Baron Fig hasn’t put out an Apprentice in years. This is a great new edition that I love. My RSVP cohost, Lenore might hate the planetary atomic model but I love the look.

The pale baby blue textured cover feels great in my hand. The tactile feel of all the BF covers really draws me in, this is no exception. I find myself picking the notebook up without thinking about it. The spine is stitched, which I’ve blathered on about my favorite of all the pocket notebook bindings.  It’s sturdy and mine are all straight and well done.

Inside the covers live 48 pages of cream-colored dot grid paper. As usual, the grid is pale gray and fades behind any writing. The paper is great with pencil, ballpoint, gel, and rollerball, but I found that my fountain pens tended to have a great deal of show through and even a bit of bleed. It doesn’t feather so I use my EF and F nibbed pens on it and ignore the show through.

My big problem with the BF Apprentice isn’t the bleed or show through with fountain pens, it is the size. It is about ½ inch (1cm) too short and roughly ¼ inch (5mm) narrower than most other pocket notebooks. The size feels precious and small. The size feels great in hand but it doesn’t fit any over my covers and slides down deep into my Nock FodderstackXL. Of course, this means that if I want to slap this into a cover I’m stuck using the BF Guardian.  

Overall, this is a worthy addition to the scores of pocket notebooks on the market, but I think BF missed out by not making this the standard pocket notebooks size. The stitched binding could have made this a serious contender but instead, it falls a little short and narrow. Continue reading

Review: Baron Fig Mysterium Squire

I’ve previously reviewed the BF Squire pen, so it’ll be no surprise for me to say that I like this pen. Let me tell you more about the Mysterium. A friend of the blog, Harry Marks wrote a lovely short scifi story for the pen, you can head to the previous link to read it, everyone should, it’s lovely.

First off, it is a lovely shade of burnt orange. Orange may not be my favorite color but this shade is less brilliant and more toasty and warm than safety cone. It looks great with all of my stationery items. It goes well with the Stone.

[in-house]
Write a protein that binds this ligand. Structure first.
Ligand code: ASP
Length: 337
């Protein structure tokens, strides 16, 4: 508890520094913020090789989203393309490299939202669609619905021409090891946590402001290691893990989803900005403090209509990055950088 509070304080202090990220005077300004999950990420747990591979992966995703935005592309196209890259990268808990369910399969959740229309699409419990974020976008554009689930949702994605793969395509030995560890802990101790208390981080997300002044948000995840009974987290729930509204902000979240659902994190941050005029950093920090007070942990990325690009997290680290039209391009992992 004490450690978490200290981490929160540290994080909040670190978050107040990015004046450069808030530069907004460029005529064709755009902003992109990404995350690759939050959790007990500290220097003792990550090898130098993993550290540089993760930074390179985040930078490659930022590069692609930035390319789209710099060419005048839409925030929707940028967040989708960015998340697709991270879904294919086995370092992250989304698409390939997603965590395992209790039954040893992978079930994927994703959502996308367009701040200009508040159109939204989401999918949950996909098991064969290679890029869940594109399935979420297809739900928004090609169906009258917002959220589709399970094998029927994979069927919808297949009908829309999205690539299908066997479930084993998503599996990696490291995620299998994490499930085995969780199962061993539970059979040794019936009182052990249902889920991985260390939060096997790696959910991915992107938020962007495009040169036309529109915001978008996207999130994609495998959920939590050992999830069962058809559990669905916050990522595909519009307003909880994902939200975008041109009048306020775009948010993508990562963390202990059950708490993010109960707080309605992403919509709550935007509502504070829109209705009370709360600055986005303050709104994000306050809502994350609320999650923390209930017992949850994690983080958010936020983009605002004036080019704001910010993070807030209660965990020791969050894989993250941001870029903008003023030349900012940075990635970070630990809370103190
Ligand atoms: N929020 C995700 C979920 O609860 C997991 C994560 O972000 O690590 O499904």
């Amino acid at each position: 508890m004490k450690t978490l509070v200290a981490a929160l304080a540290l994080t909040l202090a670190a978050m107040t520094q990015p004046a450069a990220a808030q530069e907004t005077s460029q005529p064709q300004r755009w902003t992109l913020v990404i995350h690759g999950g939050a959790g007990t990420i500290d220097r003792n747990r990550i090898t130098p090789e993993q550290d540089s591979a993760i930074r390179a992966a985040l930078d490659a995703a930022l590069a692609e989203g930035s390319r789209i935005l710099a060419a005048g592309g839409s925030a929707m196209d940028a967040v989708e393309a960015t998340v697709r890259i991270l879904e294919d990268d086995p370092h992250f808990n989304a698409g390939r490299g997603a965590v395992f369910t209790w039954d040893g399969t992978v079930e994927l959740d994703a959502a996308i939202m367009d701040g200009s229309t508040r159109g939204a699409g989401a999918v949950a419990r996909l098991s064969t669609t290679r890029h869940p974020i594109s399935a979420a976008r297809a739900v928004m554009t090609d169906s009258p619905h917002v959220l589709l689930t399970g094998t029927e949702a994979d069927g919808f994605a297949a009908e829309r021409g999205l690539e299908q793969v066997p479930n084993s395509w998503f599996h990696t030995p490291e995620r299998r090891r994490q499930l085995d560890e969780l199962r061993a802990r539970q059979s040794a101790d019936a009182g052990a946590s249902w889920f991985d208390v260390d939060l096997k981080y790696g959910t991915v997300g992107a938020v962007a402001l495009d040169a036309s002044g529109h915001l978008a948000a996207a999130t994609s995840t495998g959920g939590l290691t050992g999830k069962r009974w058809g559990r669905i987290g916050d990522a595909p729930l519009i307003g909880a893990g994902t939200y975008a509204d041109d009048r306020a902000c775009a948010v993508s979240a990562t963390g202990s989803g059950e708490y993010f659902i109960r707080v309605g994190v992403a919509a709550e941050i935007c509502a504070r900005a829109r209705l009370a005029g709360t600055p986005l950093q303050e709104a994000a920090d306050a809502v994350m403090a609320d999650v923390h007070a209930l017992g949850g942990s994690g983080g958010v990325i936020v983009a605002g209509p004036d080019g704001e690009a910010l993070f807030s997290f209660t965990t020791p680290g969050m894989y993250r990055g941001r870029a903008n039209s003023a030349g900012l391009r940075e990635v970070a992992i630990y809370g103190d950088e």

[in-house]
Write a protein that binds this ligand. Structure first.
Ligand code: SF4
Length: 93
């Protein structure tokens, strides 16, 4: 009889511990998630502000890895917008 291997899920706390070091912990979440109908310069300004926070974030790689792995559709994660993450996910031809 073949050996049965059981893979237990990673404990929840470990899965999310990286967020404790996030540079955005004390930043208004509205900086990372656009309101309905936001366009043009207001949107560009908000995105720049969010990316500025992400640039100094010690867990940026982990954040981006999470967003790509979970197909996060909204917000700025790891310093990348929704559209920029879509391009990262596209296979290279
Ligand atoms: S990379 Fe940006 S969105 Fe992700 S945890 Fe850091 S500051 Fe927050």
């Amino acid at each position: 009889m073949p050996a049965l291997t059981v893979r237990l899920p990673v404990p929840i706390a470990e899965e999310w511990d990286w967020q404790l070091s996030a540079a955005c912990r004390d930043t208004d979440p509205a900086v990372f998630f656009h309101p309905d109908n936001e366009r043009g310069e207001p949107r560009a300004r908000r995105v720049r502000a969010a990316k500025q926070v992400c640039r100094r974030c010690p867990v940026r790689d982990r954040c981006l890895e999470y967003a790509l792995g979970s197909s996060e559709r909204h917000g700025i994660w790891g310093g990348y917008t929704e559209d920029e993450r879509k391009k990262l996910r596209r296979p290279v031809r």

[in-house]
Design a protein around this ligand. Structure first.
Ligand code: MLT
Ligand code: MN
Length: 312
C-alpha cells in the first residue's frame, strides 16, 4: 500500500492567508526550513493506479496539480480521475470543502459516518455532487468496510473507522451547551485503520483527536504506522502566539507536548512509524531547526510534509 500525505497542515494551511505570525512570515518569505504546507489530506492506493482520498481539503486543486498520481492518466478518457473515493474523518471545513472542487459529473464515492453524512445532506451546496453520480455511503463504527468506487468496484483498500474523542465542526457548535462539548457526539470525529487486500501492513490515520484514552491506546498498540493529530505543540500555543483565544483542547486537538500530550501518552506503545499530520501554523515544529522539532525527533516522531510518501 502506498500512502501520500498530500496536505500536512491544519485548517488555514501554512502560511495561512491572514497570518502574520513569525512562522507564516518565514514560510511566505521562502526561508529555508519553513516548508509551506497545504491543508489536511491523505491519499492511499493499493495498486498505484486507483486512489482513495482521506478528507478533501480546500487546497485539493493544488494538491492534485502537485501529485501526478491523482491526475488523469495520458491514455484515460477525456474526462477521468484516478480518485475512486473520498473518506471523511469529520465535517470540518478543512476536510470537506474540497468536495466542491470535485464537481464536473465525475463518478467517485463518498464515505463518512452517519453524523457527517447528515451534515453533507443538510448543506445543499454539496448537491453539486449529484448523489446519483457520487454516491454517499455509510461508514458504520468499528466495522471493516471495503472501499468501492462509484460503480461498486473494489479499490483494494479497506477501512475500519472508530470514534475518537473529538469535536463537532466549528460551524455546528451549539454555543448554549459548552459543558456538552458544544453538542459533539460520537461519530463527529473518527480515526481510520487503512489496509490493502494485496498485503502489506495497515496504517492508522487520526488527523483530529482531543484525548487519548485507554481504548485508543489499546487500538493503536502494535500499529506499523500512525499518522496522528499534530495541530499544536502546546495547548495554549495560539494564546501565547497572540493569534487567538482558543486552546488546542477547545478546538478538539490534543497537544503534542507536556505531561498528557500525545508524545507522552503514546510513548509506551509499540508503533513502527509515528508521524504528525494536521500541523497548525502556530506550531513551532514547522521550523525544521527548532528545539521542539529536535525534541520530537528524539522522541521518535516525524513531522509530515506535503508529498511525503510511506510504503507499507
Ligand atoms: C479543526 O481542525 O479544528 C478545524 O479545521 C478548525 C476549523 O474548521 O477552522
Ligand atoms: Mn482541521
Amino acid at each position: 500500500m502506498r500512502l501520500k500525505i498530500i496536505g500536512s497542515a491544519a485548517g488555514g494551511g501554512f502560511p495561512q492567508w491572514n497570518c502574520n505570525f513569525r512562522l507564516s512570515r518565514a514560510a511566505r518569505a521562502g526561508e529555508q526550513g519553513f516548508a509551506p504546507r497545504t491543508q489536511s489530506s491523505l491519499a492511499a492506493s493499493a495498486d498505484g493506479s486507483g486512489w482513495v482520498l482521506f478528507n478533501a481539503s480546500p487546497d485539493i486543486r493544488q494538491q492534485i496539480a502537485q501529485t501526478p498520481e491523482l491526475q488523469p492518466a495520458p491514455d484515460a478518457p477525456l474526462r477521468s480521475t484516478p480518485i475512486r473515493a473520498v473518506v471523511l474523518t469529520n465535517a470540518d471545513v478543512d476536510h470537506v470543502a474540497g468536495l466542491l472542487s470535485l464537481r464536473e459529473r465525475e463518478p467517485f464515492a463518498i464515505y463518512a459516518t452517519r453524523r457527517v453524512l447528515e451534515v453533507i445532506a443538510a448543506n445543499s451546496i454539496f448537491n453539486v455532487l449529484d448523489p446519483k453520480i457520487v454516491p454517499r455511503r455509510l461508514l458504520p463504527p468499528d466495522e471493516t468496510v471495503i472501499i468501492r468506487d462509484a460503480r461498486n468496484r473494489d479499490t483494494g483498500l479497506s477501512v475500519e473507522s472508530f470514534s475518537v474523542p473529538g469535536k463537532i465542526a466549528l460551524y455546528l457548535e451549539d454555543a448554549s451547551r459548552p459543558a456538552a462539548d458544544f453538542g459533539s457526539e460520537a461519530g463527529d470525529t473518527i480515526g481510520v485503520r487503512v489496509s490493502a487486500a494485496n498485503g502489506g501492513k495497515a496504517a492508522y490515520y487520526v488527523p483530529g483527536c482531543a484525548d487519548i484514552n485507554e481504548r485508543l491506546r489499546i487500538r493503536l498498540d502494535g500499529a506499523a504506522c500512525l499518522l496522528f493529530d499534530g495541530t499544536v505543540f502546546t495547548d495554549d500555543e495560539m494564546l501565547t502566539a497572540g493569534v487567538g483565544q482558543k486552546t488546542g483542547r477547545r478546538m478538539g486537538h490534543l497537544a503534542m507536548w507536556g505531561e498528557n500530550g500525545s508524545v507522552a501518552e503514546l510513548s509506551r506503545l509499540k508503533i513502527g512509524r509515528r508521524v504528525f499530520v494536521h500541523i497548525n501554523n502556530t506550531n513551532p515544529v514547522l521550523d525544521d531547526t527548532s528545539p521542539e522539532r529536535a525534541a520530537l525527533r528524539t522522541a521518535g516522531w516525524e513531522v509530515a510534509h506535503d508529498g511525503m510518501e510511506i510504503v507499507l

Secondly, it’s got a d20 engraved in place of the Squire sword. Don’t know what a d20 is? It is a 20 sided die, and it is integral to playing certain roleplaying games. To get geeky on you, BF rolled a 20 on this pen.

Finally, it is filled with the Schmidt P8126 with black ink. Of the rollerball refills available, this is one of the best. It is smooth and free flowing and deep black. It works perfectly on all BF paper, plus anything else available.

The twisty mechanism is smooth and satisfying. The big problem that I have with the Squire is that if I toss it into a pocket the twist mechanism deployed in my pocket and the free flow of the refill destroys my pants. As a result, I have a Tofty clip on mine, it works but is ugly as hell. Continue reading

Review: Jinhao 992 Fountain Pen

I picked up 5 Jinhao 992 fountain pens for about $2 each on eBay. I purchased the clear model but they are also available in a variety of colors like grey, orange, and blue. Mine arrived with a converter and a fine nib. Each was sleeved in a clear plastic envelope. They were gathered in one big zipper bag and Shipped in a snug bubble mailer.

Mine has silver trim and clip. The clip works really well and can be clipped to a shirt if needed. The converter holds a tiny amount of ink but makes these great for sampling ink and testing out colors. For this purpose they are amazing. They write well and hold enough ink for a day. At $2 a pop, you can buy one for every color of ink available. The size is on the small side. They are perfectly sized for my small hands and feel balanced even when posted, which is something I don’t often feel.

I have only ever found them in a fine nib but I understand that you can find them with a medium as well. I purchased mine to fiddle around with nib grinding and smoothing. They don’t need much to write a wet buttery smooth line on even cheap paper. A swipe across the shine side of a nail stick is all it takes. I tried to grind mine down to a fine architect grind but I’m not even close. I think I need to start with a medium to make that happen. That said mine write well.